Complete Property Market Updates of Singapore

April 30, 2008

$1b Sentosa hotels deal goes to S’pore-Japan joint venture

Filed under: 1 — Propertymarketupdates @ 4:05 am

A SINGAPORE-JAPAN joint venture has been awarded a $1.05 billion contract to build three hotels on Sentosa Island, to date the juiciest plum dished out by the integrated resort.

Kajima-Tiong Seng beat several other companies to build the five-star hotels, officials from Resorts World at Sentosa announced yesterday.

The hotels, which are expected to provide over 1,000 rooms, will be the centrepiece of a $6 billion development on the resort island that will include a casino and a theme park.

The contract is the resort’s biggest to date and brings the value of deals awarded to $2 billion.

Kajima-Tiong Seng is a tie-up between Japanese-led Kajima Overseas Asia and local Tiong Seng Contractors which also built the St Regis Singapore. The firm will also construct the Sentosa resort’s main thoroughfare, Festive Walk.

The three hotels are the latest in a string of big construction projects handed out here. They include a $400 million contract to Sembawang Engineers and Constructors to build another massive resort nearby called the Marina Bay Sands’ North Podium. It is expected to feature a casino, theatres and a retail arcade.

But the hefty construction contracts may not be all good news. They could add more pressure to an industry already stretched by a manpower crunch and the rising costs of raw materials, said Knight Frank’s director of consultancy and research Nicholas Mak.

Construction overheads have gone up 40 per cent in the past two years and are expected to climb another 15 per cent to 20 per cent this year. They have been driven by steep increases in the prices of steel and concrete.

The spikes have already forced big projects like the two integrated resorts to revise their cost estimates.

Last November, Resorts World upped its budget from $5.2 billion to $6 billion.

Marina Bay Sands has also had problems keeping to its projections. Last August, its parent company said that costs are expected to rise by up to US$1.4 billion (S$1.89 billion) – a significant increase on the original US$3.6 billion price tag.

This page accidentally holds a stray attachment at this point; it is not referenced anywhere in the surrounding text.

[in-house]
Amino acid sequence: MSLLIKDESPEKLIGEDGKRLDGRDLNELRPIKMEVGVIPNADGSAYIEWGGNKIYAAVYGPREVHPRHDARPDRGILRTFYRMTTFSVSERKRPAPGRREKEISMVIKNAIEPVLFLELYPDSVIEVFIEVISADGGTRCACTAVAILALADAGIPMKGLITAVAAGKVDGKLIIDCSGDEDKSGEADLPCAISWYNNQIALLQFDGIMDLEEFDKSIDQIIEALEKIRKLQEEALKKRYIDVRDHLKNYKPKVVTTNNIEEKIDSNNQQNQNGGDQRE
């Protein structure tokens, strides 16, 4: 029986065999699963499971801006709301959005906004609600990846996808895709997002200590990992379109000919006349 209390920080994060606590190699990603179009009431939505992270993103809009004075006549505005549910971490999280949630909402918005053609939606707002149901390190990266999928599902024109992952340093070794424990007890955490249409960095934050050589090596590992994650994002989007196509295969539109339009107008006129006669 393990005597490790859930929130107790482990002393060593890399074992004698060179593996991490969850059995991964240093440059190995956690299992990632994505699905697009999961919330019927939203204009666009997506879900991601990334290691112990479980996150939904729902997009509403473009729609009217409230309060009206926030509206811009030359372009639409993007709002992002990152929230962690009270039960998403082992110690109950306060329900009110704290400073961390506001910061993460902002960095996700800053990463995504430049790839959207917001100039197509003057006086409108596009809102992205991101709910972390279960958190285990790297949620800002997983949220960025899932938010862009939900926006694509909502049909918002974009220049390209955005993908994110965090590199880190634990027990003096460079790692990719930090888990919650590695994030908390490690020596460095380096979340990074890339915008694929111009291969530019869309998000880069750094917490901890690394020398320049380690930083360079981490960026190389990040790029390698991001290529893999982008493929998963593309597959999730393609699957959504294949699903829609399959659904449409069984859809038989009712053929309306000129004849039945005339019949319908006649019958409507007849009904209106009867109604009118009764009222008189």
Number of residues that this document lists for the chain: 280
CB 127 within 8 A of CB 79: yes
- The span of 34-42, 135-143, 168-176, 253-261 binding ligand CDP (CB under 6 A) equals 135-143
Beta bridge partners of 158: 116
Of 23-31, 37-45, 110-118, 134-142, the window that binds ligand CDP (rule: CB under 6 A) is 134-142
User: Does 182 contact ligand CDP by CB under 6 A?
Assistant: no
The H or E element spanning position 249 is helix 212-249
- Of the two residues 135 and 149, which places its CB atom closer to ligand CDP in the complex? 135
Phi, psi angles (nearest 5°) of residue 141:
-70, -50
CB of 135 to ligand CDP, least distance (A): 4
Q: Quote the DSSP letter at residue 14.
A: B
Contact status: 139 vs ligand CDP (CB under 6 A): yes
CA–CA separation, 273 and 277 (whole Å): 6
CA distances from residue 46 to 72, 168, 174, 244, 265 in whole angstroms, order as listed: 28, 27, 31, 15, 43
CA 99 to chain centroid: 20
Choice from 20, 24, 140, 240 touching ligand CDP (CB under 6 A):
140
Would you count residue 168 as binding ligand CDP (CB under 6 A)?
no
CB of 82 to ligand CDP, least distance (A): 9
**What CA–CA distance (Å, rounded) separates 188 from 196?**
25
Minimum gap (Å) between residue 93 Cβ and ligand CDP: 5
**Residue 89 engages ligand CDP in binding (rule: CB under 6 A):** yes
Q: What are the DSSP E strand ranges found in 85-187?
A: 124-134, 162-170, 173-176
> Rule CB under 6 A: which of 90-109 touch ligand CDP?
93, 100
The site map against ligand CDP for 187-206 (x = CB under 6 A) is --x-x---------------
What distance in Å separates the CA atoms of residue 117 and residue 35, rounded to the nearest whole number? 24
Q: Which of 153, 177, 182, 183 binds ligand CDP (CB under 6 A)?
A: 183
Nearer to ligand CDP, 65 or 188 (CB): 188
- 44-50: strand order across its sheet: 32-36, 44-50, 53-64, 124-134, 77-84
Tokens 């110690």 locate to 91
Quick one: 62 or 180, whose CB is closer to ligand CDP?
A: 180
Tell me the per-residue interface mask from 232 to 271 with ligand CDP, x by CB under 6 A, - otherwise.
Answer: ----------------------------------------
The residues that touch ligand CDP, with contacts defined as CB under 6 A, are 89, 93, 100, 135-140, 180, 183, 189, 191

Today’s construction industry is red hot, eclipsing even the heyday of 1997. Over $24.5 billion in contracts were awarded last year, up 46 per cent from the $16.8 billion awarded in 2006 and just above the $24 billion in the boom year of 1997.

Economists have forecast that the industry will grow between 10 per cent and 25 per cent this year, fuelled by developments like the two integrated resorts and the Downtown MRT line.

Government plans to defer about $3 billion in public sector projects to ease pressure on industry costs is also unlikely to make much of a dent.

Construction cost consultancy Rider Levett Bucknall was reported as saying that the move ‘is expected to have a limited impact on relieving construction demand as it will represent around 10 per cent of annual demand’.

Contractors said that aside from raw material costs, labour is their other big headache as ‘wages for workers are off the charts now’.

Staff poaching is a huge problem with companies making up for their shortage by offering workers from rival firms up to $800 more a month.

One contractor who declined to be named said: ‘Every three to four months, we have to revise our pay. If we cannot keep up, the workers will leave.’

Source : Straits Times – 24 Apr 2008

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